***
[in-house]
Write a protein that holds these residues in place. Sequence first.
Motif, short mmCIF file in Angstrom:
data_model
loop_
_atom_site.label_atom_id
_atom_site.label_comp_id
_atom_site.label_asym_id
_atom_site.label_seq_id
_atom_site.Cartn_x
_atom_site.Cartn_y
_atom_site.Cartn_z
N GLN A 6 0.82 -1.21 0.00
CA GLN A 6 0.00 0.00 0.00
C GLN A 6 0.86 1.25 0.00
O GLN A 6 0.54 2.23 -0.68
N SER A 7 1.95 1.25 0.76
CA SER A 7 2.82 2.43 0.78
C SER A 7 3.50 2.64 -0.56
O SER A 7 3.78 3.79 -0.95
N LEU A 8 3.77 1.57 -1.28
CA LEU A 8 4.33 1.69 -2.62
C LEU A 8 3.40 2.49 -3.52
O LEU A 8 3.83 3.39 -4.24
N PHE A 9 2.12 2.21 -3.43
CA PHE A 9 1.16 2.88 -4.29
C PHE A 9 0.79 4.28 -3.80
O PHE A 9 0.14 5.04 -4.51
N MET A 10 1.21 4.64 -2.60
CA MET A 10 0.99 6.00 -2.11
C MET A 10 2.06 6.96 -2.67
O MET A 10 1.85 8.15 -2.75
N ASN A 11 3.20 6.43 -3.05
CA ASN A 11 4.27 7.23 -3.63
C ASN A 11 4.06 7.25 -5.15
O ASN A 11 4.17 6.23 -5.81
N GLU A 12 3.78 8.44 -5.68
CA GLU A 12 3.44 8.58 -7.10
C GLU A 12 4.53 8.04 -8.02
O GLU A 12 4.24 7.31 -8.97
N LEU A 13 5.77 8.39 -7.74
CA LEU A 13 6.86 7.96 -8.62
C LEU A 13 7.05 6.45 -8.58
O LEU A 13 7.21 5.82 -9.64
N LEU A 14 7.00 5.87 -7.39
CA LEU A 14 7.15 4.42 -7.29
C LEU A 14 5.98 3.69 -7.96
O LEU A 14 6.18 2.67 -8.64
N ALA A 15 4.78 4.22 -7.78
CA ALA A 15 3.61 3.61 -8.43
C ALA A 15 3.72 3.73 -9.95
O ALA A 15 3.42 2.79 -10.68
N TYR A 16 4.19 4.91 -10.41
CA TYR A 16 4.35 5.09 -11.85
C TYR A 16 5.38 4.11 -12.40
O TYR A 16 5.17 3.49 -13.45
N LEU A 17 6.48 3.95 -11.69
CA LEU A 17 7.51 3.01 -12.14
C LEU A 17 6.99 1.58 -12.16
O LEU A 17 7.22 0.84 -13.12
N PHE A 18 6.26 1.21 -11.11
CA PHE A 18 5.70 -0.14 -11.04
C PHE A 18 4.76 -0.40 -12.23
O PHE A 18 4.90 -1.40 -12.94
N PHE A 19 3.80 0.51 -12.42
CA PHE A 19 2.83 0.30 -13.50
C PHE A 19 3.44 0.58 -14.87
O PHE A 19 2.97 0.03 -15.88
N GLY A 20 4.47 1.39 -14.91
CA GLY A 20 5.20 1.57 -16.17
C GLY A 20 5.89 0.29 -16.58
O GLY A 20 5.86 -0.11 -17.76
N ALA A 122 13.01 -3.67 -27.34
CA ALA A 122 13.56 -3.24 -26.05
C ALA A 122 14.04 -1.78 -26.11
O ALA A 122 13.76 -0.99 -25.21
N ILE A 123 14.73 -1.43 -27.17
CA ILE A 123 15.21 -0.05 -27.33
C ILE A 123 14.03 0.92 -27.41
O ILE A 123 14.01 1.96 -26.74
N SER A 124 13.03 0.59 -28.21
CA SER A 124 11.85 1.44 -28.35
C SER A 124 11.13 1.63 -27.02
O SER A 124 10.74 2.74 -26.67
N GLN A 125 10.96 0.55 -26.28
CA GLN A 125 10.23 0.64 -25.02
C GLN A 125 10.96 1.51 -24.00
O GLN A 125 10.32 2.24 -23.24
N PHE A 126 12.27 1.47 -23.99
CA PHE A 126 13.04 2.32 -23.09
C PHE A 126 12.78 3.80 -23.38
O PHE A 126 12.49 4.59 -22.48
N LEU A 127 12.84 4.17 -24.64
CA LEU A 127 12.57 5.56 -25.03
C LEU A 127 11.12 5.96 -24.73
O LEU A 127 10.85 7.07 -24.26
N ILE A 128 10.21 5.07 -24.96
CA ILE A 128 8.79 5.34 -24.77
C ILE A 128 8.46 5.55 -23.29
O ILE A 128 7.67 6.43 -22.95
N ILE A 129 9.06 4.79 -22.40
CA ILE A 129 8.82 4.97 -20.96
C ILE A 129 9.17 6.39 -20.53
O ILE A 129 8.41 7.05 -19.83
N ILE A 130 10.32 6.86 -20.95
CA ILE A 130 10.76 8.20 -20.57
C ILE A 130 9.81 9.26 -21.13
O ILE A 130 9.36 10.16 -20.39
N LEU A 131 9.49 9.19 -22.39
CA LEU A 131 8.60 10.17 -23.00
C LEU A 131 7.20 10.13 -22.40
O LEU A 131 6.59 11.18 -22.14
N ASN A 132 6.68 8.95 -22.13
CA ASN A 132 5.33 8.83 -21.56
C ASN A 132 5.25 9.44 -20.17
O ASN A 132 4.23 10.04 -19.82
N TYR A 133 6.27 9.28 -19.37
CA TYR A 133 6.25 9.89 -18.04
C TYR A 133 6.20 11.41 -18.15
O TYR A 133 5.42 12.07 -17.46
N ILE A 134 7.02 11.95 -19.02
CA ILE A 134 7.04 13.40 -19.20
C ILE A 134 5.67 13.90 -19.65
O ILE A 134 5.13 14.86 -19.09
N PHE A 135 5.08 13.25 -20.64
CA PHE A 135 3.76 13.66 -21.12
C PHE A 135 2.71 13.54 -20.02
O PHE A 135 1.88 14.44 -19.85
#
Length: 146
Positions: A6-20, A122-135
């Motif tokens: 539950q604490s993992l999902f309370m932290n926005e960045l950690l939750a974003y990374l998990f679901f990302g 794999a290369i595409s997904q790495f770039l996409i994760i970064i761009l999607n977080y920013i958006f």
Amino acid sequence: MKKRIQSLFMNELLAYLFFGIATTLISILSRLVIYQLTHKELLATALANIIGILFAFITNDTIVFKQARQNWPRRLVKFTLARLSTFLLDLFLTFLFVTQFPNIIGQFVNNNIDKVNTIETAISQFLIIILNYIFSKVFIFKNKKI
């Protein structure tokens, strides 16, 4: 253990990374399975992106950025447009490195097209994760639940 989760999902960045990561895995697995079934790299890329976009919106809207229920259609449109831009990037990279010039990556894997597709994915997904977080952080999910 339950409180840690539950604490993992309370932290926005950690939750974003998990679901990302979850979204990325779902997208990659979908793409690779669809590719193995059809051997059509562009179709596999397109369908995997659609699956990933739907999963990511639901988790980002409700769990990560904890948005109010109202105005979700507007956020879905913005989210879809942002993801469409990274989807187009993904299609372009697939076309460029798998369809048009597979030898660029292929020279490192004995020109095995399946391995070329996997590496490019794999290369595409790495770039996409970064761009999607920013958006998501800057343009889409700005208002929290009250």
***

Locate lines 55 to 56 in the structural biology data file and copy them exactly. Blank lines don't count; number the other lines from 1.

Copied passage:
C TYR A 16 5.38 4.11 -12.40
O TYR A 16 5.17 3.49 -13.45